The following timing diagram (that I draw with Wavedrom, a fantastic tool for that purpose) shows in the upper part the output format of the ADC3660 as I understand it from the datasheet:
The signal in the middle („NSS_TI“) shows the NSS signal as it is required for the TI SPI mode.
Unfortunately, it would be quite an effort to produce this signal without any delays. It is possible, but one would need a counter that sets NSS_TI after 31 counts and that is reset by the rising edge of FCLK. The easiest way of realizing such a counter would probably be the use of an FPGA for that, which is exactly what I wanted to avoid.
It is much easier to produce the NSS signal with some delay: One only needs a detector for the rising edge of FCLK.
Of course, in order not to lose synchronization, one then has to delay the data by the same number of clocks as the NSS signal.
The corresponding signals are shown in the lower part of the timing diagram (the signals with the suffix „_DELAYED“)
Although that may sound more complicated, it needs only some D-Flip-Flops and only one logic gate:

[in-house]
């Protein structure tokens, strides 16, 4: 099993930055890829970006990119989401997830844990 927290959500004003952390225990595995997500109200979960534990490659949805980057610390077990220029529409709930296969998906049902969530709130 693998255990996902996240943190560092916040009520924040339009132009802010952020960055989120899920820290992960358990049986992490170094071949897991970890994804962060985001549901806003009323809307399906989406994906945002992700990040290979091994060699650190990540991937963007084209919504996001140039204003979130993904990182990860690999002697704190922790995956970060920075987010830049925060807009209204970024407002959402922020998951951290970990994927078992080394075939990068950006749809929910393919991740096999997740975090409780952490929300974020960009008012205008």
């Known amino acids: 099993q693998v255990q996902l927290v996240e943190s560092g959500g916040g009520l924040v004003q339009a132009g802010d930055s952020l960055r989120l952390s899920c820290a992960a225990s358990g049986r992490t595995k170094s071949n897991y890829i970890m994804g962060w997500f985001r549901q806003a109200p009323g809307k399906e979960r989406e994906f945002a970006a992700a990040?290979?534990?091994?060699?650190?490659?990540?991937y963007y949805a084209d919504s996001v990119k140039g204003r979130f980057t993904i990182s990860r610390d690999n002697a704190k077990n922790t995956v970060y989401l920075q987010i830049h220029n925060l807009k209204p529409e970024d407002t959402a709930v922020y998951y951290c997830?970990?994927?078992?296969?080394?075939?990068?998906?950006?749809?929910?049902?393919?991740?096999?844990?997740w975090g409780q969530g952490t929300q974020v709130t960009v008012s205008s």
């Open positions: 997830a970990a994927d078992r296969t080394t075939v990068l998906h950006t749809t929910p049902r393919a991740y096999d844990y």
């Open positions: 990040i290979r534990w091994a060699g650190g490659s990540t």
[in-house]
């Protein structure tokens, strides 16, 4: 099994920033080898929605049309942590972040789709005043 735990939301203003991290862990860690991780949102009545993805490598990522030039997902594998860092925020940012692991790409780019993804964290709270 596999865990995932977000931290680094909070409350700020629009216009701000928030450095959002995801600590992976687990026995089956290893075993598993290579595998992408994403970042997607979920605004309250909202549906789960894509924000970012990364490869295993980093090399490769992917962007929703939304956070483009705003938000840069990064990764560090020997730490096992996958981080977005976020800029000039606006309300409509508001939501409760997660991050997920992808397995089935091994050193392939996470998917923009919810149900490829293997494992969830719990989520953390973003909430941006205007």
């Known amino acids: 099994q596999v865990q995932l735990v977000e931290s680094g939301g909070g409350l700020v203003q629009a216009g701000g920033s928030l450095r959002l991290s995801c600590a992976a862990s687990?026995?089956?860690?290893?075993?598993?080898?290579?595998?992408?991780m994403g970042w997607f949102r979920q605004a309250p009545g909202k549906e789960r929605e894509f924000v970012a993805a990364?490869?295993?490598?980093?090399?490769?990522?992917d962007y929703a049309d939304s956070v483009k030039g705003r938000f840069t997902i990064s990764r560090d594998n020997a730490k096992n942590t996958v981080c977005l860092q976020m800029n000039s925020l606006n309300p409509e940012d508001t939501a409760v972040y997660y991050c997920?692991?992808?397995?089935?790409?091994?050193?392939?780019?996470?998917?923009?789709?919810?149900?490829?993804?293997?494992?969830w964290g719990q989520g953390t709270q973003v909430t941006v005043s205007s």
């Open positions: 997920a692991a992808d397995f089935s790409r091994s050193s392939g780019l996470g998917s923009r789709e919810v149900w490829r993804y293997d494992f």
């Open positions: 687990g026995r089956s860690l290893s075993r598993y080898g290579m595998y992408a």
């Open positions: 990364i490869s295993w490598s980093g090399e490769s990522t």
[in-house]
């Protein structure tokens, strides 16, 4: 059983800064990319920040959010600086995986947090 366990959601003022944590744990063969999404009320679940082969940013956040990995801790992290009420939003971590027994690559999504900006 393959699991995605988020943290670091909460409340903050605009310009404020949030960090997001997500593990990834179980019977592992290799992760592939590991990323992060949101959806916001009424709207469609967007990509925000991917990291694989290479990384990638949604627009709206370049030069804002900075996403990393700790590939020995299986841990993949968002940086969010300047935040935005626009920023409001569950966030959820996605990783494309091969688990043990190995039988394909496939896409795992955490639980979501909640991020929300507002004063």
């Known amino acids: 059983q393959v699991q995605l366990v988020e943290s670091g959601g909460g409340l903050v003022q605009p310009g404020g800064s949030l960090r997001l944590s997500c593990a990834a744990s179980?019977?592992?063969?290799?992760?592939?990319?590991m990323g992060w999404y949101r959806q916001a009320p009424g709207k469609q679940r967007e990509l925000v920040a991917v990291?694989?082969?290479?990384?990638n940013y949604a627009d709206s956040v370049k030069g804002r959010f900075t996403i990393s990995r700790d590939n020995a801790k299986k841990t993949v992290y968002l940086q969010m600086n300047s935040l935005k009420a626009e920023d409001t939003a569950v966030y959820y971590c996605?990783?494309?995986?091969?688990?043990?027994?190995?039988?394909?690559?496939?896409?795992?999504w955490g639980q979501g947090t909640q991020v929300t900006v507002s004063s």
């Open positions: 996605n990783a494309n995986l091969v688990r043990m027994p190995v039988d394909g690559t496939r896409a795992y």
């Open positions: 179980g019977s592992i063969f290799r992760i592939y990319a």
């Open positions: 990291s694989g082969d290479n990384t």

The AUC logic family is perfectly suited for this purpose: It operates at 1.8 V, which is the same voltage as the IO voltage of the ADC3660, it consumes very low power, is blazingly fast and the output structure is made for 50..65 Ohms transmission lines without the addition of any source resistances.
2 Replies to “How to connect an ADC3660 to an MCU (part II)”
This is a really neat idea, I see that you made a board on Github, did it work? I’m curious if the STM32H7 actually was able to receive high rate SPI data.
Hi Dave, I have soldered a first prototype:
First measurements show that all the signals look like expected.
Unfortunately, I haven’t found enough time since to really read in the SPI data and do something useful with it. Hold on!